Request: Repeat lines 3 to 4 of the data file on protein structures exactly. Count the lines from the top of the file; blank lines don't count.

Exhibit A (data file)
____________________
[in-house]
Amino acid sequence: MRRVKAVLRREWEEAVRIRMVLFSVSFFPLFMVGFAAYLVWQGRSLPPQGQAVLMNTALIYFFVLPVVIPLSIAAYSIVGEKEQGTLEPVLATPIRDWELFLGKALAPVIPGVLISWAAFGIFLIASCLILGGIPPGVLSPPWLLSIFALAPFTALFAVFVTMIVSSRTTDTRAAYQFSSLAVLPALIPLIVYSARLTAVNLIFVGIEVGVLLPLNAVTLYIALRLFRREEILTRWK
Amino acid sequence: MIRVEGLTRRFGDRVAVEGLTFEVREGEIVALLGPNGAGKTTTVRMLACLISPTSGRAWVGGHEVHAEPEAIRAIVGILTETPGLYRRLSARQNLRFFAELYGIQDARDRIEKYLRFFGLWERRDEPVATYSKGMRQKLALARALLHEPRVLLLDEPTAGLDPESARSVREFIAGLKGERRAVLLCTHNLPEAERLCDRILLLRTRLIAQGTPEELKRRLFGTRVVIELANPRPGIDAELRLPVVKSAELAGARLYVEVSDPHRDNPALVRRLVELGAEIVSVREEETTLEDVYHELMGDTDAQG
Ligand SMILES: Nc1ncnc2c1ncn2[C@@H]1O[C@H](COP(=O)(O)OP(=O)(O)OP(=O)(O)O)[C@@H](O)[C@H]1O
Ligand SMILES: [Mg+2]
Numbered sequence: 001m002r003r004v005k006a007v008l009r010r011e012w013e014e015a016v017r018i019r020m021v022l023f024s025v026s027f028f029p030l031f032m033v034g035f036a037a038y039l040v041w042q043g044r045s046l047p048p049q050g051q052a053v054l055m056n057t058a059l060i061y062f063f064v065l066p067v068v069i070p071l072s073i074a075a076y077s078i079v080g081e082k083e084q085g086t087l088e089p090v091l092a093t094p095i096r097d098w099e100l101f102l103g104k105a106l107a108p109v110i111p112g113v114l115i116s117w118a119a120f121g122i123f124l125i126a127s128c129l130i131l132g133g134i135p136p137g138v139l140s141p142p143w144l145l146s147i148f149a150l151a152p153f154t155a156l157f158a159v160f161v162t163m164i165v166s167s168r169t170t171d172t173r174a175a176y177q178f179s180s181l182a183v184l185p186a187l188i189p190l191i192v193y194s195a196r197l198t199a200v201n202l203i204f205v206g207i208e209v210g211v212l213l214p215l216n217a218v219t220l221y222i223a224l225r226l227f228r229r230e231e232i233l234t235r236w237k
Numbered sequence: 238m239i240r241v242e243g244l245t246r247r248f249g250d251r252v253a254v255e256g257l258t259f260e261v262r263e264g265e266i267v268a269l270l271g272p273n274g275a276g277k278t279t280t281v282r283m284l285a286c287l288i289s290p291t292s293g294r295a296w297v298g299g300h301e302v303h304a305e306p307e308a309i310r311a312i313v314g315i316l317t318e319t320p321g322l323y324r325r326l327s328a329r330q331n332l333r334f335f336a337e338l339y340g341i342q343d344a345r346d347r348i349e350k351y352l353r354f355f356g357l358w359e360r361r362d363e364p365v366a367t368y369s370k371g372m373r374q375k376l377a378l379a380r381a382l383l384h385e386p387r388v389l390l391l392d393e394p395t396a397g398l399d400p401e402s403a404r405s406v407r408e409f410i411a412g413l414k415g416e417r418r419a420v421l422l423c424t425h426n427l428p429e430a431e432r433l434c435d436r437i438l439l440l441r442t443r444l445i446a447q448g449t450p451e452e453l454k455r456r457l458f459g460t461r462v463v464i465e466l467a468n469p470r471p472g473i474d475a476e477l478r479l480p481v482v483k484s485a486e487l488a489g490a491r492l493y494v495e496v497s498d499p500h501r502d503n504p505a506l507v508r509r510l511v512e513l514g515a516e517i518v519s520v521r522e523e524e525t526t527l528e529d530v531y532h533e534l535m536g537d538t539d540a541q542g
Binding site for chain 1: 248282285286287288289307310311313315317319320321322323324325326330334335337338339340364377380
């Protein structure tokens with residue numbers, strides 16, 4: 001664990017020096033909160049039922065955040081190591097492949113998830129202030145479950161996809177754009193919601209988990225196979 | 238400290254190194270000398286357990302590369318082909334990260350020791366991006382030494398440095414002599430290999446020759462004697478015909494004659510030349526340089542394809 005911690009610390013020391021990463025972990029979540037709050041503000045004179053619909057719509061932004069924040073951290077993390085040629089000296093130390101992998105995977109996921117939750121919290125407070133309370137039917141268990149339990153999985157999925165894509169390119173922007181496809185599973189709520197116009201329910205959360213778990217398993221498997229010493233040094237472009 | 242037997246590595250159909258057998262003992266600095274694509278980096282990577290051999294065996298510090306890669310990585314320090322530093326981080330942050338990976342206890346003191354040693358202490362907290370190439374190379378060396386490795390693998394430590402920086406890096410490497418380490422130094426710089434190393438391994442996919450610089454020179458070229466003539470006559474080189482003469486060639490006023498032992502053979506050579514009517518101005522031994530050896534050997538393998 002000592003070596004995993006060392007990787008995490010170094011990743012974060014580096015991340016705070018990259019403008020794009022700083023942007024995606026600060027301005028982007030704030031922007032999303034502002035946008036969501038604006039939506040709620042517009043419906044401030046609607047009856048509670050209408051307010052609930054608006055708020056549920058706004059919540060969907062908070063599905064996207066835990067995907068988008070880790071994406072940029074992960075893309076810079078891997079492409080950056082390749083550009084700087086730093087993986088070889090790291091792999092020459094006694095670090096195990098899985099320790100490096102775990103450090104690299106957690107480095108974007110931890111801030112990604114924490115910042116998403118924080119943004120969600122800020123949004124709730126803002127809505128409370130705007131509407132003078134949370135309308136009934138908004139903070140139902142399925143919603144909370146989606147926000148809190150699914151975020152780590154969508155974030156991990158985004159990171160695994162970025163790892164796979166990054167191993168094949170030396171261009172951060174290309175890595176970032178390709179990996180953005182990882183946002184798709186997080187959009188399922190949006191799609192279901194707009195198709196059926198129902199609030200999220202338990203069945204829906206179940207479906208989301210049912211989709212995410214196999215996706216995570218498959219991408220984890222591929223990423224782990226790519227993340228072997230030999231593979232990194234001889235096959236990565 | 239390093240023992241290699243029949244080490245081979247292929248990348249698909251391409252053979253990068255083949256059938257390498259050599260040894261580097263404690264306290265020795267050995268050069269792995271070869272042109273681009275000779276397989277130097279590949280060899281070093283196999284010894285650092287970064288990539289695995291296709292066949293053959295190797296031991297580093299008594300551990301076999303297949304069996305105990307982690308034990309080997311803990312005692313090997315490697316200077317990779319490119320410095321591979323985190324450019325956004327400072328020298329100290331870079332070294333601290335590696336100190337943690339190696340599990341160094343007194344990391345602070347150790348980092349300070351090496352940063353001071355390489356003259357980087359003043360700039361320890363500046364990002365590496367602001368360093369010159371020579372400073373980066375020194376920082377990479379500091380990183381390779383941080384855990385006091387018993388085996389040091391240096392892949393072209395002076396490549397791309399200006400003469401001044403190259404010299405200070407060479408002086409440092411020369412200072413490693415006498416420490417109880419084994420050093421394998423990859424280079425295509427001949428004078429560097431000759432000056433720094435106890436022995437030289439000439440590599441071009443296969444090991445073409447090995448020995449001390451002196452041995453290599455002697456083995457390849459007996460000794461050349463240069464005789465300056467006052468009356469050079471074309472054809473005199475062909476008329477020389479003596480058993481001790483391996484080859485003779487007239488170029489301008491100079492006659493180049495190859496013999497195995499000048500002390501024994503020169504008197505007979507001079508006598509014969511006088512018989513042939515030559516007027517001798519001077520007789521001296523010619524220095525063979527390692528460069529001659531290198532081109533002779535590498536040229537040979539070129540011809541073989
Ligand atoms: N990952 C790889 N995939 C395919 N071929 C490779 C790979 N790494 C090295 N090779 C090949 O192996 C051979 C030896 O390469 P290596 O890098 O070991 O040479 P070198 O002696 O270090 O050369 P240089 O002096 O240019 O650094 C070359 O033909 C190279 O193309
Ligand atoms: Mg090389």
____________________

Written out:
Amino acid sequence: MIRVEGLTRRFGDRVAVEGLTFEVREGEIVALLGPNGAGKTTTVRMLACLISPTSGRAWVGGHEVHAEPEAIRAIVGILTETPGLYRRLSARQNLRFFAELYGIQDARDRIEKYLRFFGLWERRDEPVATYSKGMRQKLALARALLHEPRVLLLDEPTAGLDPESARSVREFIAGLKGERRAVLLCTHNLPEAERLCDRILLLRTRLIAQGTPEELKRRLFGTRVVIELANPRPGIDAELRLPVVKSAELAGARLYVEVSDPHRDNPALVRRLVELGAEIVSVREEETTLEDVYHELMGDTDAQG
Ligand SMILES: Nc1ncnc2c1ncn2[C@@H]1O[C@H](COP(=O)(O)OP(=O)(O)OP(=O)(O)O)[C@@H](O)[C@H]1O